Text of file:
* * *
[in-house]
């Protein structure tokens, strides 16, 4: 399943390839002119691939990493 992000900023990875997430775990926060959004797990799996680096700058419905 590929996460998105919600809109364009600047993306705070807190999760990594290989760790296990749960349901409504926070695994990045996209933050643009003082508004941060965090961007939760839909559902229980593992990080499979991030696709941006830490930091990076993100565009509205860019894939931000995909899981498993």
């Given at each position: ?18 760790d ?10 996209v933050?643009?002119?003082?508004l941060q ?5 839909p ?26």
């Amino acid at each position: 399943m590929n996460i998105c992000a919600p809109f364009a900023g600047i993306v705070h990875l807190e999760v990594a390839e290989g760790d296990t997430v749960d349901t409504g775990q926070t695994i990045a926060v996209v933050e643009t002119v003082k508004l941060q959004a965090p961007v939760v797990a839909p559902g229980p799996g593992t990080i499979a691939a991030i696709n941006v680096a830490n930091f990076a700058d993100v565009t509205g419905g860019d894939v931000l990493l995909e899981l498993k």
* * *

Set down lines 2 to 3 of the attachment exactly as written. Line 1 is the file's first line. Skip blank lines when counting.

């Protein structure tokens, strides 16, 4: 399943390839002119691939990493 992000900023990875997430775990926060959004797990799996680096700058419905 590929996460998105919600809109364009600047993306705070807190999760990594290989760790296990749960349901409504926070695994990045996209933050643009003082508004941060965090961007939760839909559902229980593992990080499979991030696709941006830490930091990076993100565009509205860019894939931000995909899981498993």
């Given at each position: ?18 760790d ?10 996209v933050?643009?002119?003082?508004l941060q ?5 839909p ?26």